A scientific review shows that the bacterium known to cause ileitis in pigs is not becoming resistant to antibiotic treatment. The real culprit may be misdiagnosis or mismanagement of the disease.
An international expert on porcine proliferative enteropathy (PPE), commonly called ileitis, says the disease-causing bacterium Lawsonia intracellularis has not become resistant to antibiotic treatment.
Steven McOrist, DVM, is a veterinary pathologist from Australia. "Bacteria such as L. intracellularis don't possess some of the critical cell components needed to allow resistance to occur," says McOrist, who spoke at the American Association of Swine Practitioners annual meeting. "In addition, numerous studies continue to show this particular bacterium is still as susceptible as ever to antibiotics such as tylosin."
Some producers and veterinarians have speculated about antibiotic resistance to products such as Tylan, says McOrist. "This may be due to misdiagnosis because of a similarity between the characteristics of ileitis and other diseases, inadequate dosing or pigs simply not eating enough medicated feed for efficacy."
Propping Up Feeding Levels Poor feed intake can make it especially difficult to control ileitis, points out David Bane, DVM, and senior technical consultant for Elanco Animal Health. This is a particular problem for breeding females that are affected with the acute, hemorrhagic form of ileitis.
"We have recommended that producers increase the amount of feed fed. A lot of breeding animals are limit-fed. They are fed but once a day, and so they are getting less than the proper amount of medication that is in the ration. (The Tylan ileitis claim is for 100 g./ton for prevention and control.) We are suggesting they feed those females multiple times a day, especially during stressful times," says Bane.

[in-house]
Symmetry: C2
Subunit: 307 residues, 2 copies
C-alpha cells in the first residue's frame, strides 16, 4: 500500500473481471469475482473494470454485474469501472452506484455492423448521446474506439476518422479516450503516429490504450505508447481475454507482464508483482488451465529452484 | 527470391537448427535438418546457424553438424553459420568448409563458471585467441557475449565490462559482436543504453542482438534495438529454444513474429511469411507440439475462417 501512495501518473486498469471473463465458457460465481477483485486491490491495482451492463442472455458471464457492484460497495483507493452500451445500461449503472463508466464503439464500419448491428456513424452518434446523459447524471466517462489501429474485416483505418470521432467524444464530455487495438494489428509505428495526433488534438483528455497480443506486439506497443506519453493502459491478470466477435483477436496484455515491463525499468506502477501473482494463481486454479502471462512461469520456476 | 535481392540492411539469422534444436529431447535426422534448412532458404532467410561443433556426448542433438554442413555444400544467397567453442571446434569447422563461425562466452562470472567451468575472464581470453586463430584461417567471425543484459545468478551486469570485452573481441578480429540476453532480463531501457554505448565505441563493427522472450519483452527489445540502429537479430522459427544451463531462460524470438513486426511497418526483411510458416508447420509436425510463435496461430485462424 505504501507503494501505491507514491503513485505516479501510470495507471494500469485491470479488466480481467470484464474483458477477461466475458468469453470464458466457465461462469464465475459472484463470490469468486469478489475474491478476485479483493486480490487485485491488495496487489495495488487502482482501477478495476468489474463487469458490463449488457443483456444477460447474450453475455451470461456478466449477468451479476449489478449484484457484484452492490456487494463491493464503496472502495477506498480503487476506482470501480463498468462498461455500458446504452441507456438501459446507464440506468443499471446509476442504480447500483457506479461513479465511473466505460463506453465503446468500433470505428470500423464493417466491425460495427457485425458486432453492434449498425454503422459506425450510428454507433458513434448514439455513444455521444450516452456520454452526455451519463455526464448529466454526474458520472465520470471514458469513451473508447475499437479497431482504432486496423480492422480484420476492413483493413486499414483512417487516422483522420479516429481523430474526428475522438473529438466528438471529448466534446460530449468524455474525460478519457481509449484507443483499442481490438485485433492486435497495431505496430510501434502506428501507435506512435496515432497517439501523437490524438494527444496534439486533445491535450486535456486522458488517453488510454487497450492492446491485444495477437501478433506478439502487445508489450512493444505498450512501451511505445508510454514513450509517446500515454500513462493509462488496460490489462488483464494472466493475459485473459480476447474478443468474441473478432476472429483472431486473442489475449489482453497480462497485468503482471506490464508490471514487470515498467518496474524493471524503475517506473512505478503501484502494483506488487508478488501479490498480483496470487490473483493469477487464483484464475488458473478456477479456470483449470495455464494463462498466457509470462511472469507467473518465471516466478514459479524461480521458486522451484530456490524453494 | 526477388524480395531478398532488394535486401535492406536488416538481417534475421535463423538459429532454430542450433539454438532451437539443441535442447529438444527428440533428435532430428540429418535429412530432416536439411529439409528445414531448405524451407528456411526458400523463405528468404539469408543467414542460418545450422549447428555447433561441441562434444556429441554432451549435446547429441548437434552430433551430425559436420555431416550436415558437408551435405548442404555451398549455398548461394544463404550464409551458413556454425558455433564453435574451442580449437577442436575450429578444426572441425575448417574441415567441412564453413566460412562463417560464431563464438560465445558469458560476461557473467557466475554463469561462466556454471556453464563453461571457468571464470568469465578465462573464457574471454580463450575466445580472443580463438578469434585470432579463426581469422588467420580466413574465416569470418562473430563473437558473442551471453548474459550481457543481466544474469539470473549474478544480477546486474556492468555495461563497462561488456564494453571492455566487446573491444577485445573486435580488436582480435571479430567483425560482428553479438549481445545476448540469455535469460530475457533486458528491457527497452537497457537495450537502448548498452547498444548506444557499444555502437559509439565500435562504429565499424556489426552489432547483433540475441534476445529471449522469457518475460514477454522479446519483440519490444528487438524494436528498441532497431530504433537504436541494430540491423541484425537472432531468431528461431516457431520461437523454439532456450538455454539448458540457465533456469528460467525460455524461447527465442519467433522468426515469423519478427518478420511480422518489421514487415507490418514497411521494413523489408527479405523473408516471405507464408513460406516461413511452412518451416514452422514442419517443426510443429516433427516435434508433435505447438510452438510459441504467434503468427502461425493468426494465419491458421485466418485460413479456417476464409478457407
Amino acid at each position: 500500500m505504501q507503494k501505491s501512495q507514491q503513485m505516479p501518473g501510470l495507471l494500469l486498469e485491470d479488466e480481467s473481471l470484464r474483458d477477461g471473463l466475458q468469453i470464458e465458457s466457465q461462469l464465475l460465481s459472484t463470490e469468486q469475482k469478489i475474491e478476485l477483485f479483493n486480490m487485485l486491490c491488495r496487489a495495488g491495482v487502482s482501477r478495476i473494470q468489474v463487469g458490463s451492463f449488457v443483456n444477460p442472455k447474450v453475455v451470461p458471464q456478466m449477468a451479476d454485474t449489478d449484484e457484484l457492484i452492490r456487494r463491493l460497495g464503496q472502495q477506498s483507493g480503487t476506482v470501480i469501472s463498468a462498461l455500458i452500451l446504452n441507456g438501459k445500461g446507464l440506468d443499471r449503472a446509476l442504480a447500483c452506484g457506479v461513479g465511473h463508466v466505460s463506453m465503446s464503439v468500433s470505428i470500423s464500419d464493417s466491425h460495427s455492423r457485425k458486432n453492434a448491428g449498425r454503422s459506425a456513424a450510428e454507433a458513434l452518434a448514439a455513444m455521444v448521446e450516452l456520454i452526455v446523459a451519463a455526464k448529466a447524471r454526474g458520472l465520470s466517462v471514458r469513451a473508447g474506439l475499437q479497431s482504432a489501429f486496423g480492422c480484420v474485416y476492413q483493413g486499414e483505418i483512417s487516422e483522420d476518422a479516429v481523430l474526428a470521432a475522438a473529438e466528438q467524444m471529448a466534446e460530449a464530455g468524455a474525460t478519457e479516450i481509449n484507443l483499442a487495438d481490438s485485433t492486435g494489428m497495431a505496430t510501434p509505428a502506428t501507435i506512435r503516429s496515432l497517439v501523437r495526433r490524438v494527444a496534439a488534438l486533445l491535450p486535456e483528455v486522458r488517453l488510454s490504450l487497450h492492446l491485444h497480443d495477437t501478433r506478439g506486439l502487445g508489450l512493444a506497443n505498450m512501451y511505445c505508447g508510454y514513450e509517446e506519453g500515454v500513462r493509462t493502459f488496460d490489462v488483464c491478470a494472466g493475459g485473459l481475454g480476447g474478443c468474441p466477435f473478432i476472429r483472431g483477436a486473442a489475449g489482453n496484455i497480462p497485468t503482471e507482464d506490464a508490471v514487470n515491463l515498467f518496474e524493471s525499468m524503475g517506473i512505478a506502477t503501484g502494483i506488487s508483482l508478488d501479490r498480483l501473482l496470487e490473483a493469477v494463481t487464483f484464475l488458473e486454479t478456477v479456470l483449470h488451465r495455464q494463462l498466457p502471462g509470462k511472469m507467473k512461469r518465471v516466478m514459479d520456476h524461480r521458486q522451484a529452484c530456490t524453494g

Finishing hogs are fed the same rate, 100 g./ton, but since they are fed ad lib, those animals are more likely to receive the proper amount of the medication to prevent and control ileitis.
Current practices of 50-60% annual female turnover rates and the growing number of repopulated herds result in large numbers of young breeding females entering a herd. This adds to stress, which can trigger the disease, says Bane. The problem is pronounced in large herds that are introducing large numbers of new females almost on a continuous basis.
"It seems inevitable that your operation will get the organism that causes ileitis - and with stress you may get the disease," adds McOrist. "We can control the organism, but it is hard to control the stress."
Besides breeding animals, ileitis affects grow-finish hogs, typically 12-20 weeks of age. Studies now show exposure varies from late nursery to early grower phase.
Strikes High-Health Herds Why does it seem that PPE or ileitis strikes high-health herds most?
McOrist speculates that the best-managed operations may have more problems with ileitis because they already have cleared up enteric pathogens that cause swine dysentery and the various forms of E. coli that might mask ileitis. Plus, the modern, commercial genetics used in these systems also seem predisposed to ileitis.
Improved diagnostics have heightened the industry's ability to detect the ileitis organism, increasing awareness and identification of the problem, says Bane. Ileitis is often a subclinical problem that may go unnoticed without solid production records.
"The longer the pigs are in the system, the more the problem of variability in growth increases," stresses Bane. "That's why we suggest first identify that you are dealing with ileitis. Get a good diagnosis. Find out where the problem is occurring. Weigh a few pigs to confirm variability problems. Then try to prevent those problems from occurring with good sanitation and disinfection, management and a strategic medication program."